Data-based decision making is only as good people’s initiative and ability to make sense of the data, and the ability of their tools to help them think critically about it. The goal of the Elev8 (pronounced “elevate”) project was to determine the opportunities for, and barriers to, reaching “casual” users of quantitative business information with a more engaging experience. The research fell within the area of Business Intelligence (BI), but was not targeted at a particular existing SAP product. Rather, it was fundamental research relevant to the entire SAP portfolio.
The study revealed that to reach casual business users, SAP must radically revisit its current solutions and features. Yet it also showed a clear opportunity to provide deeper value to these users. Across industries, we identified some common obstacles to deeper analytic thinking about data, where helping people take a small step to the next level would have a high probability of delivering business value.
Spectrum of users involved in the study:
• People bracketing the active user/casual user boundary
• People for whom internal quantitative business data is at least potentially important, whether or not they also need and use external quantitative information
• People whose primary job is not to provide analytical support for others, but who consume quantitative information as an input to their own business thinking and decision-making
• People who are not power users or BI pros, although the latter served as secondary sources of information about casual users in their companies or work group
• We conducted a series of preliminary focus groups with more than 50 professional analysts, active users and casual users in Cologne, Germany and the Bay Area, California, in order to learn how these groups viewed, conceptualized, and articulated the role of quantitative information in their jobs, and how the use of quantitative information supported them in their roles.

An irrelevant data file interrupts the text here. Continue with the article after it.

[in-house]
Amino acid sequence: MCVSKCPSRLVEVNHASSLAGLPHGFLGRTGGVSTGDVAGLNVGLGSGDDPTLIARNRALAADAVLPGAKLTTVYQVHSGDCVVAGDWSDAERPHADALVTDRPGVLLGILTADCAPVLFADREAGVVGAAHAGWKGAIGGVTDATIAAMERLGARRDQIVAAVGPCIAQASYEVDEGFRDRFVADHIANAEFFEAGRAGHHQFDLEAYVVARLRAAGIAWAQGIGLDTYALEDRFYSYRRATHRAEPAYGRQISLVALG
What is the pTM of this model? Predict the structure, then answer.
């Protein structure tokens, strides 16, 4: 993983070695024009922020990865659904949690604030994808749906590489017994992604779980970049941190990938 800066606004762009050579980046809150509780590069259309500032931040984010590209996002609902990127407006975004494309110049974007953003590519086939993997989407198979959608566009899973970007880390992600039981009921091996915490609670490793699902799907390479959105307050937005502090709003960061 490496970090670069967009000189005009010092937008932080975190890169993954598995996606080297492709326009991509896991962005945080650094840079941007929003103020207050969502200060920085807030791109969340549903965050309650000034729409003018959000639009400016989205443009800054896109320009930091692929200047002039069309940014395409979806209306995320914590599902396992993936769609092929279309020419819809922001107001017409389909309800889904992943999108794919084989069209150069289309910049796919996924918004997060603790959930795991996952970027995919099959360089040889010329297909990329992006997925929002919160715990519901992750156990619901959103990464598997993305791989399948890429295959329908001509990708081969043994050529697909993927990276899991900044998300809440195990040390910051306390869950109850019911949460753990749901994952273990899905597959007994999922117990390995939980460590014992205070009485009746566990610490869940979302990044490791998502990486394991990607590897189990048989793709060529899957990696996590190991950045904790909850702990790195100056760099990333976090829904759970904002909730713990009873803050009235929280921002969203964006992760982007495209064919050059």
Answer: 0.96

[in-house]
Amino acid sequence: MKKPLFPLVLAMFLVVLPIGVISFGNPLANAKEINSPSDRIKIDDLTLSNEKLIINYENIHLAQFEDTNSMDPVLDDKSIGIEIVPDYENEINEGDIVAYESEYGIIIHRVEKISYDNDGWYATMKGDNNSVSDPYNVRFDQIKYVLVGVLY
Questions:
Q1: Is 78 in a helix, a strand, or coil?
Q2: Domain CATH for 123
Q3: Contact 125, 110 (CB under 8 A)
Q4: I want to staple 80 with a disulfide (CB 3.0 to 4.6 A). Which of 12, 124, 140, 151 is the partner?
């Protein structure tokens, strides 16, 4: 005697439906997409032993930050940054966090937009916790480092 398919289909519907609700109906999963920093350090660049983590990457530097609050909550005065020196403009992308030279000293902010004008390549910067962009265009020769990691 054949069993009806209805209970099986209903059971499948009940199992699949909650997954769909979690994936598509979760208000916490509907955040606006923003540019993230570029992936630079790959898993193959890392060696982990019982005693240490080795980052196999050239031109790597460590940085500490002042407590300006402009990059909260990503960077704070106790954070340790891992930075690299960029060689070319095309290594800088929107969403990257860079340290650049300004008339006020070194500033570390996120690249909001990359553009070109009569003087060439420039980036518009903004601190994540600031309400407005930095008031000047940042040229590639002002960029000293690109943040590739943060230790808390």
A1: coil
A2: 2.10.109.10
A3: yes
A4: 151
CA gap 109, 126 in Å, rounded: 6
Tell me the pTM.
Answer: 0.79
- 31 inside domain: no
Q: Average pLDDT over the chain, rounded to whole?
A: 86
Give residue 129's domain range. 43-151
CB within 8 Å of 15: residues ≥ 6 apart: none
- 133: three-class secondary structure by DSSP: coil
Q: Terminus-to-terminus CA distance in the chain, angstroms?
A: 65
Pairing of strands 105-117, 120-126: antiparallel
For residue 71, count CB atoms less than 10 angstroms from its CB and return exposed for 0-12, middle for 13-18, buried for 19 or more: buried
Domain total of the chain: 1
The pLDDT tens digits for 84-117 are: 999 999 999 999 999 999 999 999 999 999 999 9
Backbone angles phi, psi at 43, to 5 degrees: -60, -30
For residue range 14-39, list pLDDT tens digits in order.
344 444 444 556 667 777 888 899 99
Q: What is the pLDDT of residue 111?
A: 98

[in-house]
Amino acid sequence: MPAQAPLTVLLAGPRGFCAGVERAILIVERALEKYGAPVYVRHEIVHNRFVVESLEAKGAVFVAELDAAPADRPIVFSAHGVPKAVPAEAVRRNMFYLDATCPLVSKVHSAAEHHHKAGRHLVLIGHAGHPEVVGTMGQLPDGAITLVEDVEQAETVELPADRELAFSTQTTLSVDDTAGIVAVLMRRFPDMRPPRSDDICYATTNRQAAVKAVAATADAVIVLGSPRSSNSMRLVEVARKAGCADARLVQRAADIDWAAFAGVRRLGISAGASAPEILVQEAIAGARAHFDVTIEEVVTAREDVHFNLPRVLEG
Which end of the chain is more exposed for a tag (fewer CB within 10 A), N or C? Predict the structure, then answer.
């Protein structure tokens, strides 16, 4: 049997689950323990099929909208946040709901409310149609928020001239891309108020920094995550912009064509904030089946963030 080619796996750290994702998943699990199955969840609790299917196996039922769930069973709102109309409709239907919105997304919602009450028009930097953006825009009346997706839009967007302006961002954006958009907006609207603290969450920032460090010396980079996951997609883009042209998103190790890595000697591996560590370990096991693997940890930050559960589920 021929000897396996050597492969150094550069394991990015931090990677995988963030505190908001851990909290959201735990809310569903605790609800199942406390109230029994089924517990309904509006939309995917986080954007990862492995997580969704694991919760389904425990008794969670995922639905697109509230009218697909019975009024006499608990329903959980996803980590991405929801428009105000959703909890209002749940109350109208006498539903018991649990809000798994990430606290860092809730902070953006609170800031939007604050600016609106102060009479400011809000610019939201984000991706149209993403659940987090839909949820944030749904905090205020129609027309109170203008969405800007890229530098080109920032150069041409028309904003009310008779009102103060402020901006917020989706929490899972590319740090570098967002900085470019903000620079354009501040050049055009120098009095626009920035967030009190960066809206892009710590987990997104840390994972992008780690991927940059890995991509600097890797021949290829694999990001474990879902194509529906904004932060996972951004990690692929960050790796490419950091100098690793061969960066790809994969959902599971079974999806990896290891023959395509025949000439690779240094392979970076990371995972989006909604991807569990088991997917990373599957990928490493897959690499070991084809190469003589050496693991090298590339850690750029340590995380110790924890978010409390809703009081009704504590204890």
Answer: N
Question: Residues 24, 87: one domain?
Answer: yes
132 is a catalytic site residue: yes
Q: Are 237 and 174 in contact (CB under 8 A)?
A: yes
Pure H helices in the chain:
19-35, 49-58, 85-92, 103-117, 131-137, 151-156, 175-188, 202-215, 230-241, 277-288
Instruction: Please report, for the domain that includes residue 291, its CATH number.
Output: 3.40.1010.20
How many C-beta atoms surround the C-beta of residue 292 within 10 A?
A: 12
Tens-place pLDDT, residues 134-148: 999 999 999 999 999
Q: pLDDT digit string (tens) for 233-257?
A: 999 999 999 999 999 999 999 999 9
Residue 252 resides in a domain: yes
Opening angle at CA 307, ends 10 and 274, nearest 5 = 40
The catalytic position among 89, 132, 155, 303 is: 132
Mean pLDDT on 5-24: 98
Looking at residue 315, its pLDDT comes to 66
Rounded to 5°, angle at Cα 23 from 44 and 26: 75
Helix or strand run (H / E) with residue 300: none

• The team then conducted in-depth, onsite, field research consisting of 2-hour visits with 54 participants in a range of business units/functions at 8 companies. In these visits we explored specific examples of business tasks in which quantitative information played an important role. This resulted in approximately 125 detailed case examples, covering a broad range of business task categories
Eight companies were involved in the study from the following sectors:
• Higher education
• Enterprise software
• Online retail
What were the main lessons learned?
Contrary to expectations, the research indicated that among casual users , there was little explicit, pent-up demand for more or better support for using quantitative information. The limitations in their use were not the result of ease-of-use problems blocking them from doing analytical work they wanted to do. Rather people had difficulty recognizing the limitations of their current approach. People tended to apply unvalidated rules of thumb and “accepted wisdom” and beliefs for estimating frequency, ratios, likelihood, etc. This was true even when the data was available to them and simple additional calculations would have led to a different picture of the relevant business issue.
Sometimes, these limitations in analytical thinking led to faulty conclusions about the meaning of data (e.g., using an average when the median or mode was more relevant to their business question, using averaging percentages across items without weighting them according to the widely varying frequency of those items ), but more often, it led to overlooking implications of the data for their business decisions, or to over- or under-estimating the support in the data for business decisions.
In addition, the research showed a complex interplay and lack of integration between qualitative and quantitative information and thinking. Qualitative information was often essential for making sense of patterns or exceptions in quantitative information, but to a surprising extent this information resided only in individual or “tribal” memory and was not documented or accessible to others who might use the same data.
Outcome of the research project:
The findings suggesting that casual users were content with their current analytical approaches and did not envision the potential benefits of going somewhat further may seem discouraging. However, our research also supported the possibility that, with a limited number of targeted experience design strategies, it could be possible to help users discover unanticipated value in their data. These findings and their implications have been shared with solution owners and product teams working in the BI space. Additionally, the User Experience team has outlined experience design concepts based on the Elev8 research data.
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